Steyn is my go-to expert in this field. He's written a great deal on the topic and has pointed to many interesting things we will see in the future, completely predictable because we already know the demographic future of those places that chose to stop reproducing.

By the way, I've done some amateur geneaology myself. It's amazing how quickly a family line can die out if they do not produce enough children. Complete lines gone, never to be seen again.

Pogo said...

Incentives matter.

In the West, the incentives align with childlessness.


Dobbs: Look Yossarian, suppose, I mean just suppose everyone thought the same way you do.
Yossarian: Then I'd be a damn fool to think any different.

Eric said...

In any case, the women who were young in '45 would have probably had fewer children even if they were not widowed, don't you think?

Based on the fertility chart, it looks like the terminal decline didn't really start until the early 1970s, so it's really the Japanese baby-boomer generation that decided children were superfluous.

Revenant said...

Those people that I've known in my lifetime that have never had kids have been some of the most selfish. Raising a child is nothing if not sacrifice of one's self on a daily (hourly?) basis.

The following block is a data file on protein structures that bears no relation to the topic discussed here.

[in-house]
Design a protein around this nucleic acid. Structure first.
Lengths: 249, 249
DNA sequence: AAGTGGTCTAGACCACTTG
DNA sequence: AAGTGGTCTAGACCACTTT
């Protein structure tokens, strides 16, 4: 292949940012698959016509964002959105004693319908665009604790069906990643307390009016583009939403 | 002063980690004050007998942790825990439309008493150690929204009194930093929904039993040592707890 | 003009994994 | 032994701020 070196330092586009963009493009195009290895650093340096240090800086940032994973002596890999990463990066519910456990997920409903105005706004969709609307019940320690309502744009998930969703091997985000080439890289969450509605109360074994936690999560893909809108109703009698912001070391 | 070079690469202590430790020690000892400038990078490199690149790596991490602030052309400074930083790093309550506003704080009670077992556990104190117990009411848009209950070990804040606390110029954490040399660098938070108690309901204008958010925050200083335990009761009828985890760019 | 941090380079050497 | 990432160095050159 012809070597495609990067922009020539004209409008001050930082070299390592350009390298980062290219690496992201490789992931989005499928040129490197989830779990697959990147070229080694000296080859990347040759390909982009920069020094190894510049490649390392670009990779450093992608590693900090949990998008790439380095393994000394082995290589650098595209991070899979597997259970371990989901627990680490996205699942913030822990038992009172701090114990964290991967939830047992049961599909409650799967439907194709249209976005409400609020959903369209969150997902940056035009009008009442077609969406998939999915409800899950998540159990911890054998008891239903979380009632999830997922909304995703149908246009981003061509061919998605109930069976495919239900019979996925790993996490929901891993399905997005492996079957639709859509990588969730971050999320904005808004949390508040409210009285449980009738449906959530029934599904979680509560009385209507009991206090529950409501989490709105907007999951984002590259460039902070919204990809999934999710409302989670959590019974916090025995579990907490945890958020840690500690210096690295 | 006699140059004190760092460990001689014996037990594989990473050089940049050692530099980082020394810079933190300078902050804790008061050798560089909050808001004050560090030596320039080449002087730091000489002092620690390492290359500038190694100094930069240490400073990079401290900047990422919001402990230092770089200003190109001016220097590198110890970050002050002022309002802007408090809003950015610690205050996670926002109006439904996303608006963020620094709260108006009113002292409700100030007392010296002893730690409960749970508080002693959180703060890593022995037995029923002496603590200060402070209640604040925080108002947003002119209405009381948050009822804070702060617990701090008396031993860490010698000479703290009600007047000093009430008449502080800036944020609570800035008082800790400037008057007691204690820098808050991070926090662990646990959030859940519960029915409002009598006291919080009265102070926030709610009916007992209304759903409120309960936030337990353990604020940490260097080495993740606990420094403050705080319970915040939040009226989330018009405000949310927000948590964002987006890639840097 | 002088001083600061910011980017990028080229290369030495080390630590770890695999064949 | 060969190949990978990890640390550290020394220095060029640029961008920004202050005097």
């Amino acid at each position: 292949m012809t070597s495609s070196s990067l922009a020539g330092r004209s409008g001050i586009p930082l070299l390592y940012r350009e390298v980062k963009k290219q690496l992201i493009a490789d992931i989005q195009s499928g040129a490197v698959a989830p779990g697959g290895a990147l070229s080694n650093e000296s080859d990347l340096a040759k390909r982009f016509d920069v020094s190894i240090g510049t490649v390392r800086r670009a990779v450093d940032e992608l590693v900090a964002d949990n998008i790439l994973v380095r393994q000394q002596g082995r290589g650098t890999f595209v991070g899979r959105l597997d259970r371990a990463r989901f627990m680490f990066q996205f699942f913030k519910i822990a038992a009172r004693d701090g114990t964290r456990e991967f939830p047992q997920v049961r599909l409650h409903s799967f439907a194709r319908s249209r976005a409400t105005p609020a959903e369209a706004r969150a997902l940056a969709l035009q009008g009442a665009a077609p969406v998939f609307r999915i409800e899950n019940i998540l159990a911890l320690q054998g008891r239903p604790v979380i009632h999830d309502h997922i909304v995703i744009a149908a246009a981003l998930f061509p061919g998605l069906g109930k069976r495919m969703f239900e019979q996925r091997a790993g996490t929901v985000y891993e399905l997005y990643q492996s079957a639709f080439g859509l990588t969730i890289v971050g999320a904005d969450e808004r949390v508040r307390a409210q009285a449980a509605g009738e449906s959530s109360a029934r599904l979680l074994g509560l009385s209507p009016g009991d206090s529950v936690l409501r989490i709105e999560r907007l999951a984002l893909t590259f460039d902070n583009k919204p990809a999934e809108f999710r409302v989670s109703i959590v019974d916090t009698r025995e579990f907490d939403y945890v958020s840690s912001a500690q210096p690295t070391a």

The whole "people who don't have kids are selfish" meme is particularly asinine. I'm unmarried and childless. I pay a hell of a lot more in taxes than I receive in benefits, and a large percentage of that money goes to support other people's children.

If you want to call me selfish, have the basic decency to get your fuckin' hand out of my pocket first.

Christy said...

Eric, I'm not convinced it's unrelated. From your chart I see a 10% decline in the decade after WWII, then 20 years later those post war kids, whose parents would have been most concerned about deformity, are having 10% fewer kids. Japan didn't have a baby boom, so aside even from the cultural differences, it's hard for me to truly understand the generation of Japanese who went into, as you say, terminal decline. Different cultural forces.

c3 said...

Japan will be the first casualty of the age wave (large population of elderly under-supported by a dwindling workforce in spite of high cost obligations) And as mentioned above Japan is presently below replacement rate so it doesn't get better as the Boomers die.

The next biggest concern (because of how much it drives the world's economy) is China. "One child" has left few children to care for their elders (the traditional Chinese method of Social Security) And it certainly doesn't help that the younger generations have migrated to the cities, leaving behind many of the elderly in the rural villages.